Beulah Lavarnway, 104, has visited all but three states and many other countries, but she has always resided in Clinton County.
Born in Altona in 1908, Lavarnway considers herself a jack-of-all-trades.
“I could do anything and everything,” said Lavarnway, who now resides at Pine Harbour Assisted Living in Plattsburgh.
She looks back fondly on the days she spent on her family’s farm in the Chazy hamlet of Ingraham, growing up with nine siblings.
“It was always lively,” she said.
“It was home; it was where my family was, where my love was,” Lavarnway said. “I didn’t know anything else.”
She enjoyed cooking and appreciated the food from the farm.
“You could go out in the garden when you needed it. It’s fresh. It tastes different. It tastes better,” she said.
Lavarnway also worked outdoors to help her father.
“I don’t know why, but he would have us ride horseback and drive the horse to do the cultivating. As far as I’m concerned, after a few rows, (the horse) knew what to do,” she said.
Lavarnway’s daughter Carolyn B. Smith said her mother has quite the sense of humor. Although Lavarnway has survived one of her daughters, the other two reside in the Plattsburgh area.
Despite all the skills she learned on the farm, Lavarnway said she has never milked a cow.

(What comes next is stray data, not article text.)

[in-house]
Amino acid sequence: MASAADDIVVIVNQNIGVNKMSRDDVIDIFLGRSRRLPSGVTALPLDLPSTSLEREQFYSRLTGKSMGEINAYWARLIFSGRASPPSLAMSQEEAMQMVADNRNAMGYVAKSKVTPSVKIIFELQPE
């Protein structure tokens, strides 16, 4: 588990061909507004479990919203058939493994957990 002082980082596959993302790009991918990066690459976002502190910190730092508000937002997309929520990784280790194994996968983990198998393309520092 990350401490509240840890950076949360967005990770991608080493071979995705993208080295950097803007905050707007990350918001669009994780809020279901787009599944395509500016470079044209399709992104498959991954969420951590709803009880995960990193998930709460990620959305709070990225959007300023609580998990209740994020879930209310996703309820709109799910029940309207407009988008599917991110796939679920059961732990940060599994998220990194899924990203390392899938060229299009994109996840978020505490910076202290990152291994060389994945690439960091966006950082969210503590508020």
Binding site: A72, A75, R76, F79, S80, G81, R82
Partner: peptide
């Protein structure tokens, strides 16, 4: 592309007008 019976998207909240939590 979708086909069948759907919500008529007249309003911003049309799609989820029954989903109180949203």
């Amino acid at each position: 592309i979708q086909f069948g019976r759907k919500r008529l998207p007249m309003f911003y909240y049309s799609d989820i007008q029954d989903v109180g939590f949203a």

“That was one thing my mother didn’t want me to learn was how to milk a cow, because after I learned, I’d have to do it,” Lavarnway said.
“There’s some worldly advice,” Smith added.
Lavarnway’s first husband, Norman Donivan, and the girls’ father was a caretaker for the John. F. O’Brien estate, which was located where Point au Roche State Park is today. But after he died in 1938, Lavarnway went to work. She had many jobs, including running a restaurant with her friend for a few years and working at the commissary on the military base when it was a college, Smith said.
“I always got pleasure out of my work,” Lavarnway said. “I was doing what I liked to do.”
Smith, 82, said that her mother and her family always placed an importance on helping others.
“Something our family did well was share. It was a good lesson to learn,” Smith said. “When people would come to the house for food, we would give it to them.”
As a child, Lavarnway attended a one-room schoolhouse in Ingraham and went to Chazy Central Rural School until she was 16, when she left to work, Smith said.
Lavarnway enjoyed learning about different places.
“I liked geography. It took you around to different states,” she said.
Later in her life, Lavarnway had the opportunity to travel the United States, but she can’t pick a favorite state.
“They all had something different to see,” Lavarnway said.
She and her second husband, Thomas Lavarnway, who died about 30 years ago, loved to dance. She remembers square-dancing around the country and specifically in Texas.
“She enjoys seeing and doing different things,” Smith said. “She’s been to Ireland, the Holy Land, Turkey, Greece.”
Reflecting on her life, Lavarnway said, “Live it a day at a time.”
“I thought she would say, ‘Work hard,’” Smith said. “She used to say, ‘Work hard, and enjoy each day.’”